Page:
It is built around the Natura 2000 network of protected sites and the strict system of species protection.

There are over 1500 raised bogs in Ireland and only 139 of these have been designated for nature protection within 130 sites.

The European Commission has been critical of Ireland’s approach to the protection of peatland habitat and first initiated infringement proceedings against Ireland in 1999. It again began proceedings in January this year.

The Government took decisive action, in relation to the cessation of turf cutting on 53 designated Special Area of Conservation (SAC) raised bogs, to ensure that Ireland would not be subject to legal action and potentially serious fines in the Court of Justice of the European Union.

Minister for the Environment Phil Hogan has twice met with EU Environment Commissioner Potočnik to discuss the matter.

The Government has held a consistent line on this issue since taking office – that all cutting must cease on Ireland’s 53 designated raised bog SACs.

This was also what all members of the Peatlands Council (see below) agreed to in their statement of 1 June this year.

Biodiversity and the environment

The bogs support rare and threatened species and Boglands says the ongoing degradation of Irish peatlands “equates to a loss of biodiversity at regional, national and international levels”.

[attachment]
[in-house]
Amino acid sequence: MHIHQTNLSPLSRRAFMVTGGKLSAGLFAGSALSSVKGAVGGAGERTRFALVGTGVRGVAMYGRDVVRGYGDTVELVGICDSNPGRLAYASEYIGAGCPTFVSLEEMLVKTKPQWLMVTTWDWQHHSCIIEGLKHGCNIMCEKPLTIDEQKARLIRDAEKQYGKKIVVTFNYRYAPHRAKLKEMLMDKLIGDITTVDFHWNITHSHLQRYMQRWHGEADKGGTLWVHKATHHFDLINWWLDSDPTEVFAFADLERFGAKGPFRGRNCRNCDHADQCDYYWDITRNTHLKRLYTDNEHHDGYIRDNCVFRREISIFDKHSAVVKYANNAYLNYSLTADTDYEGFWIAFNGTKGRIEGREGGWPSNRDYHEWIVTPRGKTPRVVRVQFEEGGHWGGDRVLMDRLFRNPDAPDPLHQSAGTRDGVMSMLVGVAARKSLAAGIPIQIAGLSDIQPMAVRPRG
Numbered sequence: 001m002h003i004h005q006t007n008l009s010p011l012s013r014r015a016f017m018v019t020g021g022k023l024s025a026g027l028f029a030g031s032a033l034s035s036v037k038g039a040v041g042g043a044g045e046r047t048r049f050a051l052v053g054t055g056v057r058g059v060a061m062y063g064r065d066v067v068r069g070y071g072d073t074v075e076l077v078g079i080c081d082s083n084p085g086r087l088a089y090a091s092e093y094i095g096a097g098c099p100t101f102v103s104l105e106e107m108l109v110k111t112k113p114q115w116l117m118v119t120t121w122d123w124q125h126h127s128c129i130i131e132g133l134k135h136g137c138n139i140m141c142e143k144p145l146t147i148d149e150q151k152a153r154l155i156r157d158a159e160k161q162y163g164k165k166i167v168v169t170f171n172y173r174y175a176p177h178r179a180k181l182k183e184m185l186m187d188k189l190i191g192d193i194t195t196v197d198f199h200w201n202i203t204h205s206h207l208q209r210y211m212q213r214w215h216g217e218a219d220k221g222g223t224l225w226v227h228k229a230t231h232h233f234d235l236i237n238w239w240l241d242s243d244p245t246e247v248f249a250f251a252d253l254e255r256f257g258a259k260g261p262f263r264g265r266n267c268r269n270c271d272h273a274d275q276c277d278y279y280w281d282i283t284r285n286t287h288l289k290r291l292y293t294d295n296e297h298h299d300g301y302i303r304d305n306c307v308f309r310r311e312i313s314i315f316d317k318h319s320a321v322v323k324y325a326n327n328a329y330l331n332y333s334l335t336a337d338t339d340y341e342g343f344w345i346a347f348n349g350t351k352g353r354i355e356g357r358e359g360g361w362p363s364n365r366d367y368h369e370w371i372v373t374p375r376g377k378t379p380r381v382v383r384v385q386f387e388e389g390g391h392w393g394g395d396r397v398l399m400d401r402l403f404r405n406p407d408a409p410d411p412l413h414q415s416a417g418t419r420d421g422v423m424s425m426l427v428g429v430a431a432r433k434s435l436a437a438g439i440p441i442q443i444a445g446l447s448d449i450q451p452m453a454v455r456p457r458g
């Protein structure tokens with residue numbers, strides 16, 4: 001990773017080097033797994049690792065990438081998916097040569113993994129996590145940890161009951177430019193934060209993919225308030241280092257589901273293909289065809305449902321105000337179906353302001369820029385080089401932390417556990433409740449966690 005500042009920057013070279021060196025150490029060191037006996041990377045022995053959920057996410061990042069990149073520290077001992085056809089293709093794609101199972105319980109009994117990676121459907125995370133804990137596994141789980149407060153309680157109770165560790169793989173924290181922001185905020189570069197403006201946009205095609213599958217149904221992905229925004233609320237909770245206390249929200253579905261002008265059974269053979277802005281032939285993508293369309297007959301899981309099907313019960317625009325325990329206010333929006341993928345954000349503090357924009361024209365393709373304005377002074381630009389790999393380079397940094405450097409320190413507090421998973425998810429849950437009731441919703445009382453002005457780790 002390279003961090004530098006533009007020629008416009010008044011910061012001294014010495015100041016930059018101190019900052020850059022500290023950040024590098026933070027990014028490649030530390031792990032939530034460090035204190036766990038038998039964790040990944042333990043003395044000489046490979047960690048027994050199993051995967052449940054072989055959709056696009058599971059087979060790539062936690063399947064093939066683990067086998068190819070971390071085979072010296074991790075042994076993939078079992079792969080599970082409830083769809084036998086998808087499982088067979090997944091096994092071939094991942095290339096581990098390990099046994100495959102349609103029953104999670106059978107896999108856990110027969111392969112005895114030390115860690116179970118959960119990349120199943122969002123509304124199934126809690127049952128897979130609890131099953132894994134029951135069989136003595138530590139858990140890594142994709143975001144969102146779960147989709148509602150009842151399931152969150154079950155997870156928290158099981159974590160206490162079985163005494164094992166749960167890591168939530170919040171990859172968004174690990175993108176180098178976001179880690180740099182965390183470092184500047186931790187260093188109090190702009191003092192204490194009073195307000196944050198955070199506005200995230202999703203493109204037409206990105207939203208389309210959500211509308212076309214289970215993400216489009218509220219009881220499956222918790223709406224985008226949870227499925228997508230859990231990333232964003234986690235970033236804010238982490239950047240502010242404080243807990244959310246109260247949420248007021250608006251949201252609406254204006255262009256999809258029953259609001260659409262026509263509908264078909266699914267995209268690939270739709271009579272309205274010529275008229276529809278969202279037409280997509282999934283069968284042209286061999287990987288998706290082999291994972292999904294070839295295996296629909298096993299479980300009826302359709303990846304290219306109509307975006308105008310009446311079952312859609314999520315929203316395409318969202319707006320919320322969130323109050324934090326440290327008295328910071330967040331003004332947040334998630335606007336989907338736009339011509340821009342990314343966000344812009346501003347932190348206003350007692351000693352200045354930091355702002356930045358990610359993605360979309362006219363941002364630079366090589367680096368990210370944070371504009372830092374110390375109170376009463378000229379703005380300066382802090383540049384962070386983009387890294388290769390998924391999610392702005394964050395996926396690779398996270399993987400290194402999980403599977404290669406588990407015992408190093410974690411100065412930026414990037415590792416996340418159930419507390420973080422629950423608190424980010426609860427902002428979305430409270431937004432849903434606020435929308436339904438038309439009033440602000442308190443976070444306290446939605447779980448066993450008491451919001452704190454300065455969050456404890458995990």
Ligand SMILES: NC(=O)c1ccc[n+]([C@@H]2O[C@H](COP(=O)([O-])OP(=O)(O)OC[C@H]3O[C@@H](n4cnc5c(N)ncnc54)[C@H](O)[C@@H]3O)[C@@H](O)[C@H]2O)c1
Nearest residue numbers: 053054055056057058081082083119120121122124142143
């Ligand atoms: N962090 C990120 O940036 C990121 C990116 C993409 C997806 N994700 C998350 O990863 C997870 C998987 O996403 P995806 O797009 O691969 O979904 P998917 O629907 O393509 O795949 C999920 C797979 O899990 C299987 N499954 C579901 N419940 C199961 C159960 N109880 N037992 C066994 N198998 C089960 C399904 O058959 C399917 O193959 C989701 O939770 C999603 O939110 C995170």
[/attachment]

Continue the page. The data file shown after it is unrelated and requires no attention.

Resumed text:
Natural peatlands act as a long-term carbon store, which means it helps actively remove carbon from the atmosphere.

However, this is reversed and carbon is actually released when the peatland is damaged.

The vast majority of Irish peatlands are critically at risk of future disturbances, such as climate change.

Half of Ireland’s raised bogs were destroyed (at a rate of 800,000 tons per year) between 1814 and 1946.

After World War 2, the government set up Bord na Móna to cut peat by mechanical means. In 1969, there were just 100,000 hectares of raised-bog left in Ireland, of which Bord na Móna owned 45,000 hectares.

The restrictions

In 1999, The Minister for Arts, Heritage, Gaeltacht and the Islands, Sile de Valera TD, and the Minister of State at her department, Eamon O Cuiv TD, held a series of consultations with representatives of the farm organisations and turf cutters.

That year, they announced the arrangements for the cessation of turf cutting on raised bogs which are proposed as SACs.

In 2009, bog cutting was reversed by the then Minister for the Environment, John Gormley.

In May 2010, the Government confirmed the ending of the derogation which allowed a 10-year continuation of turf-cutting for domestic purposes on raised bog SACs and NHAs.

Cutting is no longer permitted on the first 31 of these sites without the express consent of the Minister for the Environment, Heritage and Local Government.